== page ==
Perhaps it’s easier to speak out against President Trump and the flailing, chaotic, dwindling days of his presidency when you’re no longer in an official position.
At TPM, we have certain terms we use over and over. Dignity wraiths. The brittle grip. A new one in recent months: Schrodinger’s DHS secretary. You can find a (very) partial list of these terms — Josh Marshallisms, largely — here.
For our 20th anniversary celebration next month, we’re putting together a master list. It’s quite an undertaking: Twenty years of proprietary terms. But we think it will serve as a useful guide to some of the key themes of the last two decades. Also, we think it will be funny.
However: 20 years is a long time, and we need the help of our dedicated readers to remember some of these terms.
So, if you remember one that we’re missing, shoot us an email.
There’s an important and clarifying subtext to Team Trump’s decision to jettison Sidney Powell from the zombie campaign’s legal team. Yes, her theories and accusations are terrifyingly demented. But, c’mon … do we think that’s really supposed to be a problem? The issue is the Georgia senate races.
I’m not sure quite what to make of this. Those two Michigan House and Senate leaders who went to visit President Trump at the White House appear to have given Trump an unqualified ‘no’. Indeed, not only do they appear to have given him an unqualified ‘no’ in the joint statement they released after the meeting. But they coupled this with an ask for more COVID relief.
At least three members of the Trump family inner orbit are looking to a future that might not necessarily involve the chief patriarch being president of the United States.
While the family publicly continues to hype Trump’s dangerous and ridiculous election delegitimization crusade, privately a few have their sights set on their own political futures.
Two weeks ago, MSNBC’s Rachel Maddow announced that she had been exposed to COVID-19 and would be stepping away from the network’s post-election coverage to quarantine. Last night, Maddow revealed that her partner of more than two decades, Susan Mikula, has been battling a severe case of the coronavirus.
“At one point, we really thought there was a possibility that it might kill her,” Maddow said, adding that Mikula is thankfully now on the road to recovery.
It was a powerful and authentic moment, and a reminder of the human toll of the virus. Give it a watch after the jump.
To soften the blow of defeat Fox's Geraldo proposes naming the vaccine after Trump. "It would be a nice gesture to him and years from now it would become kind of a generic name. Have you got your trump yet, I got my trump, I'm fine. I wished we could honor him in that way." pic.twitter.com/fM8qwFhxF6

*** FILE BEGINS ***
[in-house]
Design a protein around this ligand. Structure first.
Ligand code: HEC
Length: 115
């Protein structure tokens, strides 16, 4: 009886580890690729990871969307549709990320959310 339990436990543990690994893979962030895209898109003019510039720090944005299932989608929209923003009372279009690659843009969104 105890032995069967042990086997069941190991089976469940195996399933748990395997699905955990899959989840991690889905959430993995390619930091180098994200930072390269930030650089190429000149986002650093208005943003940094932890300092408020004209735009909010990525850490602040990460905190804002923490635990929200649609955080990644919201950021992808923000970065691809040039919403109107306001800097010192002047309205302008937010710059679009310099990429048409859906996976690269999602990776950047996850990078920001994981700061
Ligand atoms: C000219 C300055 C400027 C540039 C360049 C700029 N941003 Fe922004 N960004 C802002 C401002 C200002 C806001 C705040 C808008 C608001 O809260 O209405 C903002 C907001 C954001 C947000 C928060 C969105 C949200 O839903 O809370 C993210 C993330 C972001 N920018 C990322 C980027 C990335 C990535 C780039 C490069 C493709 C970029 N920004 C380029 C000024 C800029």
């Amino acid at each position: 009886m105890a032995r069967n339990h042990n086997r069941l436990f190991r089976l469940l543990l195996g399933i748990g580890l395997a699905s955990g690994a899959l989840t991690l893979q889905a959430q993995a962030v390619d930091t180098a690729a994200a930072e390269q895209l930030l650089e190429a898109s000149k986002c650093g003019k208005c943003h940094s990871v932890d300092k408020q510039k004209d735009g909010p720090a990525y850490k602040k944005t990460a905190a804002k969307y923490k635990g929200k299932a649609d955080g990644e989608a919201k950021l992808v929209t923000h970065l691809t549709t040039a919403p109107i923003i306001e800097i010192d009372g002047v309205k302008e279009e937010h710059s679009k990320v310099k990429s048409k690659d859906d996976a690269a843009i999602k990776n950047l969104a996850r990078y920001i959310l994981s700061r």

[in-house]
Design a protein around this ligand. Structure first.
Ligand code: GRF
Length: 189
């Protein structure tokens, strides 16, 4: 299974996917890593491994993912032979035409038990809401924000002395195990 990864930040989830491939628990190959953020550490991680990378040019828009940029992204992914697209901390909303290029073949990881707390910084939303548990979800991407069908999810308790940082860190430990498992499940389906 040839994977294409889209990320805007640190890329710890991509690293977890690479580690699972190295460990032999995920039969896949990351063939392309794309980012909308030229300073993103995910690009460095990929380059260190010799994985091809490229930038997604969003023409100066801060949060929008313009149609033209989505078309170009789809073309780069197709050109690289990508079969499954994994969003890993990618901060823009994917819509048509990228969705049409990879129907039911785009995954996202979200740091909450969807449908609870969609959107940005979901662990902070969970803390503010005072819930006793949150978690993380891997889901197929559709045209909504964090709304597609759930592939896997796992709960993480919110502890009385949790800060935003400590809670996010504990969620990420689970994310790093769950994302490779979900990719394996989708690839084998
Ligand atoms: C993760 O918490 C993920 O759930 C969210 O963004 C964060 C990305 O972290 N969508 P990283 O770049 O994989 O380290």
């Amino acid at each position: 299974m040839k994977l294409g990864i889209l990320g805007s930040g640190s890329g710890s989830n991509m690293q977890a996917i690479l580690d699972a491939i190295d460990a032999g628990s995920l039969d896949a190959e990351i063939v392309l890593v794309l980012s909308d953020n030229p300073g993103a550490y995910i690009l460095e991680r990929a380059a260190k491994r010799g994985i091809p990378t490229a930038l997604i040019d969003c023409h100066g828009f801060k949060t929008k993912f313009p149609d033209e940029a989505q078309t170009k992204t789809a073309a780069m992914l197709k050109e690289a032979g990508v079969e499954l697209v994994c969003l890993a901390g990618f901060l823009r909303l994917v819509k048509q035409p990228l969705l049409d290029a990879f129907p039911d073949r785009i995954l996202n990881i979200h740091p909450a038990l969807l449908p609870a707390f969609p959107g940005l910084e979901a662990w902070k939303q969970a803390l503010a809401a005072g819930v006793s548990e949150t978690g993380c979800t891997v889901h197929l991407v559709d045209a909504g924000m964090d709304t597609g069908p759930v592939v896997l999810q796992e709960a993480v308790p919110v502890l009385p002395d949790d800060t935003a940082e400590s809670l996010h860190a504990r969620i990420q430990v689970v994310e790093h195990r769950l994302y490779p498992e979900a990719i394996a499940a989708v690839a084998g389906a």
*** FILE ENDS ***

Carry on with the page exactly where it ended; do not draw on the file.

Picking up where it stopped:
— Josh Marshall (@joshtpm) November 20, 2020
Through this corrupt era one of the common refrains has been, “that’s why or how we got Trump.” Usually it is whatever it is the person didn’t like before Trump rebranded as the bad thing that got us Trump. But on display today is one of the real reasons ‘we got Trump.’ It’s not the deepest reason but it is a critical, critical part of the equation. It’s also why Donald Trump was able to careen through the leading candidates of the Republican party so easily in 2016.
We’re watching the press conference of the President’s legal team. It’s an all star team of rejects and degenerates from the Fox Cinematic Universe: Jenna Ellis, Rudy Giuliani, Sidney Powell, Joe DiGenova. It’s both comical in its slapdash level of nonsense but also deeply corrupt and an attack on the very foundations of the American republic. In the course of this event Giuliani has claimed that most of the votes in Wayne County (Detroit) are invalid and should be discarded. Needless to say, this disenfranchises most of the African-American population in Michigan. As Giuliani succinctly put it, “It changes the results of the election in Michigan if you take out Wayne County.”
We have a new, exclusive story up right now.
TPM’s Tierney Sneed has learned that the Census Bureau identified routine issues in data from the 2020 decennial census, and will need time to fix them. This seemingly small wrinkle could have significant implications for how political power is distributed through apportionment.
The Affordable Care Act appears poised to survive its third confrontation with the Supreme Court largely intact.
At oral arguments Tuesday in a lawsuit brought by red states and supported by the Trump administration, Obamacare’s defenders got signals that there are likely at least five votes on the conservative Court in favor of preserving the bulk of the law.